My mission within this current revival of the Arts & Crafts movement is to provide a new lifestyle of forms related to the Arts & Crafts “mission” style of the past but not a reproduction of that past. My goal is to keep furniture design alive and exciting. Furniture design should change with the needs of the customer and always expand all levels of appreciation.
These new forms are inspired by all of those past artisans, during the Art Nouveau period at the turn of the 20th century, who sought beauty by hand making an object. This designer orchestrates their artistic details into works of art, creating a unique furnishing that will compliment a collection of Arts & Crafts antiques or even stand by itself as a representation of the Arts & Crafts movement. Which is, still to this day, to be in touch with the natural world and its simple pleasures.
By arranging a few representative details of the Arts & Crafts movement, begins the process for developing this designers’ furniture designs. Some representative details are like Gustav Stickley’s chair splats, – (functional repetitive uniform vertical strips of wood), like Charles Rennie Mackintosh’s many subtle arches in the entrance to the Glasgow School of Art, like Greene & Greene’s softening of horizontal lines with a cloud lift, and like Frank Lloyd Wright’s ornamentation derived by nature. This natural ornamentation can be seen in a derivation of a wall, plaza and building hand by placing surrounding rocks into concrete making a wall and plaza and building look as if it is shaped out of the surrounding geography.
Someday these evolved designs may appear very different from their origin but yet by representative details become historically related. Therefore, it is paramount to evolve the Arts & Crafts vocabulary of details within its philosophy. This promotes purity of craftsmanship, harmony in designed interiors and honesty to materials. These evolved shapes, colors, textures, uses and organic connections to nature with personal revelations will produce a unique form of beauty that reflects its origin and continues to embrace life and the things that matter.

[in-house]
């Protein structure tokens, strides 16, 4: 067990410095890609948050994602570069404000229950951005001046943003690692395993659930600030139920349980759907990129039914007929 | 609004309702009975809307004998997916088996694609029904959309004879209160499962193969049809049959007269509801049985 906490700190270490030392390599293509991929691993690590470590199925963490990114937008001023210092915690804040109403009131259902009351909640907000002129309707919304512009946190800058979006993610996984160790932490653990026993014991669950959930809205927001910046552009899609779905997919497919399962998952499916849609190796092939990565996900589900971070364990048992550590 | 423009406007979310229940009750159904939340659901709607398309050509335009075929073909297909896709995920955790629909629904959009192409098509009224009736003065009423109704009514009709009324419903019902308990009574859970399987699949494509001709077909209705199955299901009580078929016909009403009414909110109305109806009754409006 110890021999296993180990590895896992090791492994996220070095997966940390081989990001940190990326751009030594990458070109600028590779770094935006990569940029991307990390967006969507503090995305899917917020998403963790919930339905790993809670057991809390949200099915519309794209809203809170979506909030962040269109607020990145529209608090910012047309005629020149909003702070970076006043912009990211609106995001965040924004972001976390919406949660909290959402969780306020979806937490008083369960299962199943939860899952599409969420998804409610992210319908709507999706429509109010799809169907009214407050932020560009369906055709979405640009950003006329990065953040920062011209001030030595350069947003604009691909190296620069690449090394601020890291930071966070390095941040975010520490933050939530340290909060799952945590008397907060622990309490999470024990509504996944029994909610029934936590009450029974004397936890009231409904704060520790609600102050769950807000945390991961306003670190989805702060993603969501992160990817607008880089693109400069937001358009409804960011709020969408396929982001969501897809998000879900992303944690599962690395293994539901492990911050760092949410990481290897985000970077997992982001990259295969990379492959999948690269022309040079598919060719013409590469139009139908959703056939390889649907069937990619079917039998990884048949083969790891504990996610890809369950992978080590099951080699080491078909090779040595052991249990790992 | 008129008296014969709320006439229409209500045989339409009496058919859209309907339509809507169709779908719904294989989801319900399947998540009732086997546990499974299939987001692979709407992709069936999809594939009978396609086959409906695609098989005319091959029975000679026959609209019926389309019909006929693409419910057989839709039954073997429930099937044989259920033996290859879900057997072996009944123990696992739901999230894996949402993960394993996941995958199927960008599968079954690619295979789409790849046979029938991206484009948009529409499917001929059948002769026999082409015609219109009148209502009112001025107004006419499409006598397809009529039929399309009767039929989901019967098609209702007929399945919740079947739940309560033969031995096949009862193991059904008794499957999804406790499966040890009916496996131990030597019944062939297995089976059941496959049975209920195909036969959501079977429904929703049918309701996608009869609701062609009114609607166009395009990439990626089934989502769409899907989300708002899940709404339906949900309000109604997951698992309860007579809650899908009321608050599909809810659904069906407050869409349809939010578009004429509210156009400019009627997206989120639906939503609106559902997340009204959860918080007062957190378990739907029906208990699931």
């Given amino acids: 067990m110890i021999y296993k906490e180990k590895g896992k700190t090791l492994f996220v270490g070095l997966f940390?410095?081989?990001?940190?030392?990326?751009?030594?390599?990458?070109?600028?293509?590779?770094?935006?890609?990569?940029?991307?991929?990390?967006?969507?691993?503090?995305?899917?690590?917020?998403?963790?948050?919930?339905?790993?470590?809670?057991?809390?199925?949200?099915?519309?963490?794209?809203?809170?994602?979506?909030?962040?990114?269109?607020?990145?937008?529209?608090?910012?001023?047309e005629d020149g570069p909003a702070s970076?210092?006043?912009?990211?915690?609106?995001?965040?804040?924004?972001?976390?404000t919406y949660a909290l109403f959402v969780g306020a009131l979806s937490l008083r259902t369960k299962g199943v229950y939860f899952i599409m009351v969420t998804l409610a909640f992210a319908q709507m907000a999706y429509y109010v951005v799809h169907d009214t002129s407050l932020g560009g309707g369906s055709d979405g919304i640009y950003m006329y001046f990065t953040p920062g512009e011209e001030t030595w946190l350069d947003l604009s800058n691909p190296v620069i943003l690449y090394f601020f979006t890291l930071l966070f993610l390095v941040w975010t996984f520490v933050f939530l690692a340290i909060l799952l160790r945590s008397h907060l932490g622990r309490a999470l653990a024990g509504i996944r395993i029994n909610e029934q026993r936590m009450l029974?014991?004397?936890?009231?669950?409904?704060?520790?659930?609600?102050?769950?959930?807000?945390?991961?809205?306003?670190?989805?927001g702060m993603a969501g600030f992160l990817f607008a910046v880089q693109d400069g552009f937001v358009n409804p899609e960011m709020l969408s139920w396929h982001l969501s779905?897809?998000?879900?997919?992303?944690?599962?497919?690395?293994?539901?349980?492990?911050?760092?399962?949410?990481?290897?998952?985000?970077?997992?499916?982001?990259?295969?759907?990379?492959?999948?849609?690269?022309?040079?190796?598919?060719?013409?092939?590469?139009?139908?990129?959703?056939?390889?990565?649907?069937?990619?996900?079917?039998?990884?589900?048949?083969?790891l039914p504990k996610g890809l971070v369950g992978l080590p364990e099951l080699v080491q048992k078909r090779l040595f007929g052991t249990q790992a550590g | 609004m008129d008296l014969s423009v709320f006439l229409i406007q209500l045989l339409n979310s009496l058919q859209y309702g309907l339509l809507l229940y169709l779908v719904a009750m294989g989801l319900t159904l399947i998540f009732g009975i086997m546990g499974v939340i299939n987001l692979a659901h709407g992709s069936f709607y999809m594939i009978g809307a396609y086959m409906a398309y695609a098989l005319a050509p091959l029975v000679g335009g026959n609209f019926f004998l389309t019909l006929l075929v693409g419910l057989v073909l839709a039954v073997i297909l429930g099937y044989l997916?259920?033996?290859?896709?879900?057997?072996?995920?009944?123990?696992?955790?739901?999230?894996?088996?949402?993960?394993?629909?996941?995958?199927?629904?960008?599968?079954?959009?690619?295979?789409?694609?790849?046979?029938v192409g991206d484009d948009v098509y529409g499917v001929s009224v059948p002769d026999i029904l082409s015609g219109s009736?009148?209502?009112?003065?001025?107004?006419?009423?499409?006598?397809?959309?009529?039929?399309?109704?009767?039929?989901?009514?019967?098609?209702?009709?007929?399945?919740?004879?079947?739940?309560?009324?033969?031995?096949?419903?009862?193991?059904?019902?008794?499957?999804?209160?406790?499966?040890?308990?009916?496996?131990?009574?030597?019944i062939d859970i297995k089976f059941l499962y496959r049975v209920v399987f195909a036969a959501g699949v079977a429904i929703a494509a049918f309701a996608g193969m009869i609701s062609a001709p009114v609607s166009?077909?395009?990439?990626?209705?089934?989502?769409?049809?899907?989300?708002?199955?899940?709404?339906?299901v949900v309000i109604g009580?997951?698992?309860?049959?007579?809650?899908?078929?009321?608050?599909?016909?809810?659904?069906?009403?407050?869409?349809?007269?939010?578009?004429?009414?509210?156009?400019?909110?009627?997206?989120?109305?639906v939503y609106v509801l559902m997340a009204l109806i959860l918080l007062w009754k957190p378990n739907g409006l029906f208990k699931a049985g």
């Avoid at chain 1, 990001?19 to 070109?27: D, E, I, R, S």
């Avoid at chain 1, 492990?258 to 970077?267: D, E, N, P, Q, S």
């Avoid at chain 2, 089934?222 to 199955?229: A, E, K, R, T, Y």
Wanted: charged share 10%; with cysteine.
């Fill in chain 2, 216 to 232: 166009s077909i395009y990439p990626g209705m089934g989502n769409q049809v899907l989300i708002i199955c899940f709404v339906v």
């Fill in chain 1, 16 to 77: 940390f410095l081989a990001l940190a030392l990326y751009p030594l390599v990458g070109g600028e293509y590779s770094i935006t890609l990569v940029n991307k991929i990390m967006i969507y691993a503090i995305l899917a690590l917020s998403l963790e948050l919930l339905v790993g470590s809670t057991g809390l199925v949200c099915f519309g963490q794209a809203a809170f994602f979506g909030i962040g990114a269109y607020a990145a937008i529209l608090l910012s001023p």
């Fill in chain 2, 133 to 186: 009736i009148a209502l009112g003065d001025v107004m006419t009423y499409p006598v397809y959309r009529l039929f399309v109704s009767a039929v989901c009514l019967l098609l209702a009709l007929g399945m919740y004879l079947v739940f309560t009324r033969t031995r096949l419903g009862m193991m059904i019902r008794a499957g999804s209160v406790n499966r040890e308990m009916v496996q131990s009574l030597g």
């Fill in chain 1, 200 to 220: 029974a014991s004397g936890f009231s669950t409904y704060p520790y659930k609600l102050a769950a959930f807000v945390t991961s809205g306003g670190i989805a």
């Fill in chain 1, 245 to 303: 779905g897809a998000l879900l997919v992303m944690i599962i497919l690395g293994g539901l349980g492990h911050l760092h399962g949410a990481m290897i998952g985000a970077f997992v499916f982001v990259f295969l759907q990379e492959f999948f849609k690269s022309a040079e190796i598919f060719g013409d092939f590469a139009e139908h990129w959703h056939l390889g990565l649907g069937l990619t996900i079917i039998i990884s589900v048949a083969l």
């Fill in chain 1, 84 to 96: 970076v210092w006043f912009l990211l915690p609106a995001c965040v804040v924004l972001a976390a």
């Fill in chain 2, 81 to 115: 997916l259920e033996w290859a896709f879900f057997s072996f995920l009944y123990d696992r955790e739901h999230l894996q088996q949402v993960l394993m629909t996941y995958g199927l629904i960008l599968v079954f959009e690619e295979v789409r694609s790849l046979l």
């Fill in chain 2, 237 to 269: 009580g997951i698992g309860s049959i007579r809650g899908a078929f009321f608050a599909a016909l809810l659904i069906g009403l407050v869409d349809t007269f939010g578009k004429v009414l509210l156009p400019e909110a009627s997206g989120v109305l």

By being attuned and open to recognize art at anytime anywhere, anyone can become an active participant in this evolution of design and a controlling force in its direction. Confidence in choosing art will evolve Arts & Crafts to long lasting standards that this revival has sought to emulate. Every Arts & Crafts enthusiast should always find art in craft and feel inspired, because every time we see that art it will encourage us to focus on making the decisions that coincide with our ideals.
Art is always subjective. A true artist becomes overwhelmed by inspiration then takes the risk of putting him or her self into every work. Those heartfelt convictions of beauty, talent, inspirations and goals are exposed at risk to be rejected, to be condemned, to be a failure. An artist has no guarantee the next work will be acceptable just because the last one was. Only confidence can become that guarantee, confidence in ideals. And still, exposing one’s confidence is a high risk to loose. A potentially valuable artwork can be lost if rejected. An artist can be lost if failed. And an ideal can be (forgotten) lost if not accepted. But choosing art can inspire confidence in experiencing a personal revelation that connects the past with the reason to be alive. Thus is the movement of the evolutionary process.
After all these twenty eight years of making, this furniture artist has not designed interest away from Arts & Crafts but desires to be creative within its many parameters [philosophical, economical, simplicity, nature, etc.] and continually desires to make Arts & Crafts move in excitement. This furniture maker is opposed to mere design changes for no reason or direction and desires to move Arts & Crafts designs toward continuing a sustaining life form. This is evolution.